BELGIAN SHIP SUNK
TORPEDO OR MINE
INTERNATIONAL LAW VIOLATED
The number of British vessels reported sunk by enemy craft since the war began had on Saturday reached 21, with a total tonnage of 122,843. Reports were received on Saturday that four ships had been sunk, including the neutral Belgian cargo ship Alex van Opstal (5,965 tons).
The three other vessels sunk by U-boats were the 5,200-ton cargo boat Fanad Head, owned by the Ulster Steamship Company, the unarmed 291-ton trawler Davara, of Fleetwood, and the Anglo-American tanker Cheyenne (8,825 tons). The Fanad Head carried a crew of 40, all of whom are safe.
The Ministry of Information issued the following statement on Saturday: The Belgian steamer Alex van Opstal, 5,965 tons, was sunk late last night as the result of enemy action off the Shambles lightship, near Weymouth, either from being torpedoed, or, as her master believes, from the explosion of a mine. If his opinion is well founded, the mine must without doubt have been dropped by an enemy minelayer, as at no time have the British laid live mines anywhere near the spot where the Alex van Opstal sank.
“By either method of sinking the enemy has violated international law, as, if the cause of the sinking was a mine, the minefield had not been notified, and, if a torpedo, the act was an infraction of the Submarine Protocol to which Germany had adhered.”
Our Brussels Correspondent telegraphs :-
The news of the wreck of the Belgian cargo ship Alex van Opstal in the Channel has made a deep impression in Belgium and particularly in Antwerp. She was a motor cargo ship of the latest type, and carried 4500 tons of mixed merchandise. M. Marck, the Minister of Transport, has ordered an inquiry into the cause of the wreck.
THE TIMES MONDAY
SEPTEMBER 18 1939
The Alex van Opstal, which belonged to the Maritime Belge, was steaming at about 15 knots. Captain Delgosse, her captain, said that there were a crew of 49 and eight passengers on board. Seven were injured and are in hospital. The snip was blown up and sank at about 6.40 pm. The passengers and all the crew were taken off in the lifeboats, and they were picked up by the Greek steamer Atlanticos. A seaplane came over and reported their position, and boats afterwards came out and took the crew off the Atlanticos. First aid was given on board one of the boats, and put ashore before midnight.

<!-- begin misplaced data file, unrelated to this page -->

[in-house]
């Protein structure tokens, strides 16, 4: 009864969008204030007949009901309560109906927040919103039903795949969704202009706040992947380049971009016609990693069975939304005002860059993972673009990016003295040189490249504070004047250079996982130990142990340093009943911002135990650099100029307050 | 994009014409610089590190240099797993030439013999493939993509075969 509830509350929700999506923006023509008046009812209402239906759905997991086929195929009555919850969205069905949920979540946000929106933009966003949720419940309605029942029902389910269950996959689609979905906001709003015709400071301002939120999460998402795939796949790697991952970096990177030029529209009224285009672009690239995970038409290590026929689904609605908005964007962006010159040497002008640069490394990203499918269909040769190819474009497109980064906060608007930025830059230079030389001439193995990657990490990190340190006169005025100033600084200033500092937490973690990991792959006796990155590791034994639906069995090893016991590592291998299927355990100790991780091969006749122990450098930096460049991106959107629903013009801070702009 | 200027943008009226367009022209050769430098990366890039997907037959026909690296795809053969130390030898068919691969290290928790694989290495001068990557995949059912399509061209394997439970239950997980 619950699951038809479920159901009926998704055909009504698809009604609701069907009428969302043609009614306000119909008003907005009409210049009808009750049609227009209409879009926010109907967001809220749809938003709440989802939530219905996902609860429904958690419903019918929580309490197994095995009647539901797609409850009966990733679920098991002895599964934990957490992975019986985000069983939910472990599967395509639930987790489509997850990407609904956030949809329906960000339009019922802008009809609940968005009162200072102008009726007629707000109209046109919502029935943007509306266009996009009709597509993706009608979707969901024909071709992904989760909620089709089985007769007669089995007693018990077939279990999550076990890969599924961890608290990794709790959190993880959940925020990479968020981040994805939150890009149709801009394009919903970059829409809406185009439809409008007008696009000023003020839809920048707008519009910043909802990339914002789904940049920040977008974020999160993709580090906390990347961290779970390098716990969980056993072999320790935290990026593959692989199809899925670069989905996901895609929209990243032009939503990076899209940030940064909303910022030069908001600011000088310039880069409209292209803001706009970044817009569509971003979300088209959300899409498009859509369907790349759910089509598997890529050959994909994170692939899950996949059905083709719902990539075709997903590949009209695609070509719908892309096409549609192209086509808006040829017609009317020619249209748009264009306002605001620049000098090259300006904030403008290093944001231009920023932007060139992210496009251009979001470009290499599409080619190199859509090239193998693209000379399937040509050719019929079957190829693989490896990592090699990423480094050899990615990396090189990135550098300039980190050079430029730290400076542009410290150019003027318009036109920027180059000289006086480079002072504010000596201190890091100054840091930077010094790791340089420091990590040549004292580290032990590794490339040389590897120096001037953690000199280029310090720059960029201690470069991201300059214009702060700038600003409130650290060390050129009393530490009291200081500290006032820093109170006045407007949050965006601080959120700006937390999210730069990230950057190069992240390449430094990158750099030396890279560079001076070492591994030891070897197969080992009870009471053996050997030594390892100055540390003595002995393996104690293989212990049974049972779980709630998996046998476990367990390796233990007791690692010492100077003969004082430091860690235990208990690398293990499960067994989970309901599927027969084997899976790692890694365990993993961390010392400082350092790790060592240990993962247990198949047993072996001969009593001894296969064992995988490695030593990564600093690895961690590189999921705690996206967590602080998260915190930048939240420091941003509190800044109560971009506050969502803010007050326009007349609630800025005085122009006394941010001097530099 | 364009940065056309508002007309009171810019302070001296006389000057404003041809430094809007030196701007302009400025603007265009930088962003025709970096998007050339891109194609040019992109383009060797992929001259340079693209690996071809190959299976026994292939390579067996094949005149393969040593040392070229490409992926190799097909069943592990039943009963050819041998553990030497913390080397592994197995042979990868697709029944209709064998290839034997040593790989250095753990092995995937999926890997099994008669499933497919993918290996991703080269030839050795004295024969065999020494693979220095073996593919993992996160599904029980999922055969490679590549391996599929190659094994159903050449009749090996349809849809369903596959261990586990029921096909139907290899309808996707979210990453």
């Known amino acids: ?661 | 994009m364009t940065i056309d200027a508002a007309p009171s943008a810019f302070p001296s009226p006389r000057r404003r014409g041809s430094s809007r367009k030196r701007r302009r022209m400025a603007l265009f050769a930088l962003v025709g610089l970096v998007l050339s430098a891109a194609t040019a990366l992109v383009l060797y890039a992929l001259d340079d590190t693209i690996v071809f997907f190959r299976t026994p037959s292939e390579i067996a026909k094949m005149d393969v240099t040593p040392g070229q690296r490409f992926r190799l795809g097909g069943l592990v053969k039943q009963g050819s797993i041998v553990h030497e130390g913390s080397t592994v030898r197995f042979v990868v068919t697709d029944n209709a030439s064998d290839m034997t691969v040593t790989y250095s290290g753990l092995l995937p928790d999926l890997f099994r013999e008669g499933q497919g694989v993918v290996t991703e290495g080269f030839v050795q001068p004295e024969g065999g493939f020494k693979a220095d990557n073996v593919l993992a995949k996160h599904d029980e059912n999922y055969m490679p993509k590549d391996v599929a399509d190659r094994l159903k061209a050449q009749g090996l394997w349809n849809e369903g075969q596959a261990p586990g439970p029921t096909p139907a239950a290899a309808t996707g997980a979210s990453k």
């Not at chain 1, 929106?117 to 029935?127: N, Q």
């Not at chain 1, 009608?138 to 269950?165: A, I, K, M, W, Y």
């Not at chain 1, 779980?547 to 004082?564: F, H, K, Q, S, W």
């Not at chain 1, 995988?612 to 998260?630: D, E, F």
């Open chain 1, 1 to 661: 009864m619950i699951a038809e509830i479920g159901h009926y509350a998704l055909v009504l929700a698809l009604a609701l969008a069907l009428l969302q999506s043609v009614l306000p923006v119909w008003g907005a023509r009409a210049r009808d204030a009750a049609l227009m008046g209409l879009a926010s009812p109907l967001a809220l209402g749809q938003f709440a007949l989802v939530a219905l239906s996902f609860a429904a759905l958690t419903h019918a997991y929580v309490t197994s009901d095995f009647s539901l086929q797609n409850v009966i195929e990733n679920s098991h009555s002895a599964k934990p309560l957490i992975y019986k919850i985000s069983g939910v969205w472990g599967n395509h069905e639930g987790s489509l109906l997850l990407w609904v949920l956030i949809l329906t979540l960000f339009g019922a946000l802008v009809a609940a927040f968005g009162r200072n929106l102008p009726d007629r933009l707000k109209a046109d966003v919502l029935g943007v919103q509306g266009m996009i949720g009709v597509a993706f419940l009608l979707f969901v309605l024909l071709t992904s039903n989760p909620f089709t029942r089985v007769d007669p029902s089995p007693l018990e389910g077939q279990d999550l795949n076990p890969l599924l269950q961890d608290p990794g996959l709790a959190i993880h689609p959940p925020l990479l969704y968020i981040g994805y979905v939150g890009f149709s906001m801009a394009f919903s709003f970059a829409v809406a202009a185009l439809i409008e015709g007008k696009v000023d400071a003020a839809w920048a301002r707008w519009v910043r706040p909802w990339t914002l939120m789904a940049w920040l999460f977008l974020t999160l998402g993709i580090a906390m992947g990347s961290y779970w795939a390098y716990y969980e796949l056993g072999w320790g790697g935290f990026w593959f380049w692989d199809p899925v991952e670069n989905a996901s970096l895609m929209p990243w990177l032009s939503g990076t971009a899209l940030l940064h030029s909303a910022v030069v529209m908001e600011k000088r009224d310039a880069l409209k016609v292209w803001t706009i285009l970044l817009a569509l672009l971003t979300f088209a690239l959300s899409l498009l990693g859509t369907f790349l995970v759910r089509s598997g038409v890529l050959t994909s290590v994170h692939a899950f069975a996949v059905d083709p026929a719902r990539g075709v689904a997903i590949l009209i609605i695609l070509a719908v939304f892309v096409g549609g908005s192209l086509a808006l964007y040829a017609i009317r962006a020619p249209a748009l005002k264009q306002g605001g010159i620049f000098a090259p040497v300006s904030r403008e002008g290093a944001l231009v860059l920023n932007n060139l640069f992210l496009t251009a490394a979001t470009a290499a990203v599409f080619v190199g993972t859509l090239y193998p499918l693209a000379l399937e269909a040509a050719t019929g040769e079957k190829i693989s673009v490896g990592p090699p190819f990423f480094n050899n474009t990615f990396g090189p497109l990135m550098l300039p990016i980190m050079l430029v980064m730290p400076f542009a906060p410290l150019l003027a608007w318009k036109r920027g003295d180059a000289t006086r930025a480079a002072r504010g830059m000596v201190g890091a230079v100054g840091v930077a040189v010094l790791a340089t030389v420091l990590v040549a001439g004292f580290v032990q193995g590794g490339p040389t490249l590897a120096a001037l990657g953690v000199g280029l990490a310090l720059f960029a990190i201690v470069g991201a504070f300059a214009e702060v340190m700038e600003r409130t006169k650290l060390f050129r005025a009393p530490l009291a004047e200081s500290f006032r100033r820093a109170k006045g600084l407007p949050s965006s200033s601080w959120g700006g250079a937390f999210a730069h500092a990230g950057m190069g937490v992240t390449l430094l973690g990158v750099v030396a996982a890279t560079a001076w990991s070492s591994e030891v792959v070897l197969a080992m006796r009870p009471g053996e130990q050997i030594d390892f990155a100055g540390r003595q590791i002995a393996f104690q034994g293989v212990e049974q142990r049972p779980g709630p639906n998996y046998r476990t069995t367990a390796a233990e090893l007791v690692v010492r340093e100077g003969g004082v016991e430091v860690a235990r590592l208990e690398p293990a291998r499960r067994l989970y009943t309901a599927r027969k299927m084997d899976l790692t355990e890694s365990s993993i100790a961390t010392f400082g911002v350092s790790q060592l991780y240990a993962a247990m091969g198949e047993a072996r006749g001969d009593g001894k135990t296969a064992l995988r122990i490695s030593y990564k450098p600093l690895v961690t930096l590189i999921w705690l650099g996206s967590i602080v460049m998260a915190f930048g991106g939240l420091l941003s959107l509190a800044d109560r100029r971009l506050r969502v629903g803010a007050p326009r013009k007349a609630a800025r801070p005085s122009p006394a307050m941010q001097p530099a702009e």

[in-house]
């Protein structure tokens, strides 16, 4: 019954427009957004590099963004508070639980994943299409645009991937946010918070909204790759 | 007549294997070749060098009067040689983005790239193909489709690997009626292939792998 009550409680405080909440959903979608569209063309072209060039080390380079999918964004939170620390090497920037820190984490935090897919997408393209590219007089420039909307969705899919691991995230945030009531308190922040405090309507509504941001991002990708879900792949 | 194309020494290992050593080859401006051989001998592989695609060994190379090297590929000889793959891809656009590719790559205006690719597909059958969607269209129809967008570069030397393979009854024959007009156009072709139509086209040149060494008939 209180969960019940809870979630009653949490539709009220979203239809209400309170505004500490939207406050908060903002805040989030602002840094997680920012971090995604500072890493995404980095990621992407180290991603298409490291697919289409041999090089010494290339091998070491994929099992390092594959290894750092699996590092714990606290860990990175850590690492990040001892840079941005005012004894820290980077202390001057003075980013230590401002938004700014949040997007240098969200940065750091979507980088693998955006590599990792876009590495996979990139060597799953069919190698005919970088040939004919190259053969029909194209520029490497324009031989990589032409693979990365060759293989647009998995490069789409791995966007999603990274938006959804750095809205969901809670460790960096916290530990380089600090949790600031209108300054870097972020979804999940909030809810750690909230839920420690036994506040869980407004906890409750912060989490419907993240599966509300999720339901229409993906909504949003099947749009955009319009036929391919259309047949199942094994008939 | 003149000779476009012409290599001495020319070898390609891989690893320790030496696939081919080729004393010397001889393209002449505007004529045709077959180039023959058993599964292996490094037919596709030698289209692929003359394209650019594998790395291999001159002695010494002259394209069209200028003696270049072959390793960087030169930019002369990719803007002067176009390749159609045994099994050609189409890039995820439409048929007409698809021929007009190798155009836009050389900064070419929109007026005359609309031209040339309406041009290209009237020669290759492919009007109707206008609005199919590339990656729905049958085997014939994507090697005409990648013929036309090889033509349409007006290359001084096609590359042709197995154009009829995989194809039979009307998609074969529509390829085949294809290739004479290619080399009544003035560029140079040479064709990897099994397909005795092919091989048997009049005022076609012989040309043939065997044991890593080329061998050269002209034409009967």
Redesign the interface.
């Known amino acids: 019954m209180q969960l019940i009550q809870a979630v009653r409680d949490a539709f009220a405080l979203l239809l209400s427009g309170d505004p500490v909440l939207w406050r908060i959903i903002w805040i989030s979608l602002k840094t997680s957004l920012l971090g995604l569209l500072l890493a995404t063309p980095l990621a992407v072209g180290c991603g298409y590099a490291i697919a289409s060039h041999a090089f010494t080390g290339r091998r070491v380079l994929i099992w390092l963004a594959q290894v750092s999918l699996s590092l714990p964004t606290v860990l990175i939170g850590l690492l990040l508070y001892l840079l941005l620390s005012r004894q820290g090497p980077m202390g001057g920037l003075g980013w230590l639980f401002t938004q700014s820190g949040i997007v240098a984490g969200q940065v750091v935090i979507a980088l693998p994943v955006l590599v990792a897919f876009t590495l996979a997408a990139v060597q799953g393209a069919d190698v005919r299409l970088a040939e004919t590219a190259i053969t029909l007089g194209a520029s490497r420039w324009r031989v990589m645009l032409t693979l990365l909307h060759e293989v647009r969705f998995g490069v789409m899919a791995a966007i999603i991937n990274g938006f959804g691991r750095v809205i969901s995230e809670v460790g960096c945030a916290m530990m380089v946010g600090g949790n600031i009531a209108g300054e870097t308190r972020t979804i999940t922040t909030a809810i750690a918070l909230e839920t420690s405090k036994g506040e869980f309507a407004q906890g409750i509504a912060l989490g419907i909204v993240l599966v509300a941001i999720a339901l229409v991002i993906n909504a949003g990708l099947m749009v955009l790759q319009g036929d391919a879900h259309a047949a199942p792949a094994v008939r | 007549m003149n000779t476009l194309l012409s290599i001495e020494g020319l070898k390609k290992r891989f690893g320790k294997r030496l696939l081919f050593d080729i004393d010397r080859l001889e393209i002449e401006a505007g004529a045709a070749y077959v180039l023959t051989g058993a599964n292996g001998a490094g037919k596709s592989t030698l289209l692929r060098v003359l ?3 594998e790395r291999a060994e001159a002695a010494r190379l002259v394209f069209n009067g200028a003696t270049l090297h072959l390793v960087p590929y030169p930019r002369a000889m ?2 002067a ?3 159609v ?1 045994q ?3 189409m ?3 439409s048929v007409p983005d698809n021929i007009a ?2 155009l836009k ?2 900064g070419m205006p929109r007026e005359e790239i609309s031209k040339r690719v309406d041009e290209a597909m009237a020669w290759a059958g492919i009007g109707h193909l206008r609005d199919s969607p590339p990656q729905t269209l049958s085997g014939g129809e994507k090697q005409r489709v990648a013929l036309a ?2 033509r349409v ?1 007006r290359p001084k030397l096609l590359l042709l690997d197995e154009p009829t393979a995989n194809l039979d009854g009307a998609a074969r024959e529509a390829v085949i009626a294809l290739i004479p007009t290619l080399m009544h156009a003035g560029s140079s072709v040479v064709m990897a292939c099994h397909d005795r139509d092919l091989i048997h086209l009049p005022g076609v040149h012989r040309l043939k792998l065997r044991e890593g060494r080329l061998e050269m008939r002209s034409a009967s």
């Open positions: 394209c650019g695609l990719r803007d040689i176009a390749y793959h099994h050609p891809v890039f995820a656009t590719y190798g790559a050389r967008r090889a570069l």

Asked if he had seen any submarine, the captain said: “We saw nothing. All I know is there was a terrific explosion near No. 2 hatch, and the ship broke in two in front of the bridge. The sea was rather rough, with a northerly wind, but visibility was good. One of my passengers, Madame André, a Belgian woman from New York, was among the injured, and is in a hotel with one of her ribs broken.”
The assistant engineer on the vessel, Alfred Thorne said “I was in the engine room when there was a fearful crash. We were plunged into darkness. and fuel oil began spurting all over us. There were shouts that we had been sunk. We went up on deck, and found that the ship had been cut clean in two. We got into our lifeboats and pulled over to a Greek ship. We understood from the Greeks that they had seen a submarine. We escaped in what we were standing up in, and the passengers, like ourselves, lost everything. We were bound from New York to Antwerp. Several of the crew were injured, including radio operator Gielen, who is in hospital with a broken leg and arm. Our best cargo boat on the Antwerp-New York service has gone. She had only been running two years.”